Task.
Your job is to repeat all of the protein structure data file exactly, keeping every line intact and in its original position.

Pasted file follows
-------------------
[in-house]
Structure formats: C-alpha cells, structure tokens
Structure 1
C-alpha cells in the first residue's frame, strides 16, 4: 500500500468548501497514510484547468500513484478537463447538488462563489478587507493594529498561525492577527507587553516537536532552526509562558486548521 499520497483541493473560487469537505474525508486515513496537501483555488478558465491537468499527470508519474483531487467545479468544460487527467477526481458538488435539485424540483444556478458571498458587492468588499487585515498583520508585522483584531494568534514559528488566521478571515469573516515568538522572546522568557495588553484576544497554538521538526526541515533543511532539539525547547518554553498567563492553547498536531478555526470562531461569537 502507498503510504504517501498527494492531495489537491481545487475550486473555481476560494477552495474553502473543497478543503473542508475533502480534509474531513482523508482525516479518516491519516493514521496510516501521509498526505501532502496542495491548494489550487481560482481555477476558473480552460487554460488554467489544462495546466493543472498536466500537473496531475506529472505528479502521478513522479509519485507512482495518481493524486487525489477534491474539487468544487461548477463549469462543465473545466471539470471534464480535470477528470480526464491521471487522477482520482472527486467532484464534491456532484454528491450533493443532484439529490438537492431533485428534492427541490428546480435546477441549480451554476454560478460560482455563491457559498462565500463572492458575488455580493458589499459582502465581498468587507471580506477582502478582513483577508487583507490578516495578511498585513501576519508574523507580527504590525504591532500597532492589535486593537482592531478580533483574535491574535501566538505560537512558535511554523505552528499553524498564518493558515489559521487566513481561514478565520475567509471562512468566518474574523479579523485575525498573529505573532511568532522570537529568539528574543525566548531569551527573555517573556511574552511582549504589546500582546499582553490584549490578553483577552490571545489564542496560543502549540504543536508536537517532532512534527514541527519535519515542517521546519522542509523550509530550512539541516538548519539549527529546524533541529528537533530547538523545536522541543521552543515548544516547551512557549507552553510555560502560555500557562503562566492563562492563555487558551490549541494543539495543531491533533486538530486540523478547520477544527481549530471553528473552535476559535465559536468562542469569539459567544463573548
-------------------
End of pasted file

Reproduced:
[in-house]
Structure formats: C-alpha cells, structure tokens
Structure 1
C-alpha cells in the first residue's frame, strides 16, 4: 500500500468548501497514510484547468500513484478537463447538488462563489478587507493594529498561525492577527507587553516537536532552526509562558486548521 499520497483541493473560487469537505474525508486515513496537501483555488478558465491537468499527470508519474483531487467545479468544460487527467477526481458538488435539485424540483444556478458571498458587492468588499487585515498583520508585522483584531494568534514559528488566521478571515469573516515568538522572546522568557495588553484576544497554538521538526526541515533543511532539539525547547518554553498567563492553547498536531478555526470562531461569537 502507498503510504504517501498527494492531495489537491481545487475550486473555481476560494477552495474553502473543497478543503473542508475533502480534509474531513482523508482525516479518516491519516493514521496510516501521509498526505501532502496542495491548494489550487481560482481555477476558473480552460487554460488554467489544462495546466493543472498536466500537473496531475506529472505528479502521478513522479509519485507512482495518481493524486487525489477534491474539487468544487461548477463549469462543465473545466471539470471534464480535470477528470480526464491521471487522477482520482472527486467532484464534491456532484454528491450533493443532484439529490438537492431533485428534492427541490428546480435546477441549480451554476454560478460560482455563491457559498462565500463572492458575488455580493458589499459582502465581498468587507471580506477582502478582513483577508487583507490578516495578511498585513501576519508574523507580527504590525504591532500597532492589535486593537482592531478580533483574535491574535501566538505560537512558535511554523505552528499553524498564518493558515489559521487566513481561514478565520475567509471562512468566518474574523479579523485575525498573529505573532511568532522570537529568539528574543525566548531569551527573555517573556511574552511582549504589546500582546499582553490584549490578553483577552490571545489564542496560543502549540504543536508536537517532532512534527514541527519535519515542517521546519522542509523550509530550512539541516538548519539549527529546524533541529528537533530547538523545536522541543521552543515548544516547551512557549507552553510555560502560555500557562503562566492563562492563555487558551490549541494543539495543531491533533486538530486540523478547520477544527481549530471553528473552535476559535465559536468562542469569539459567544463573548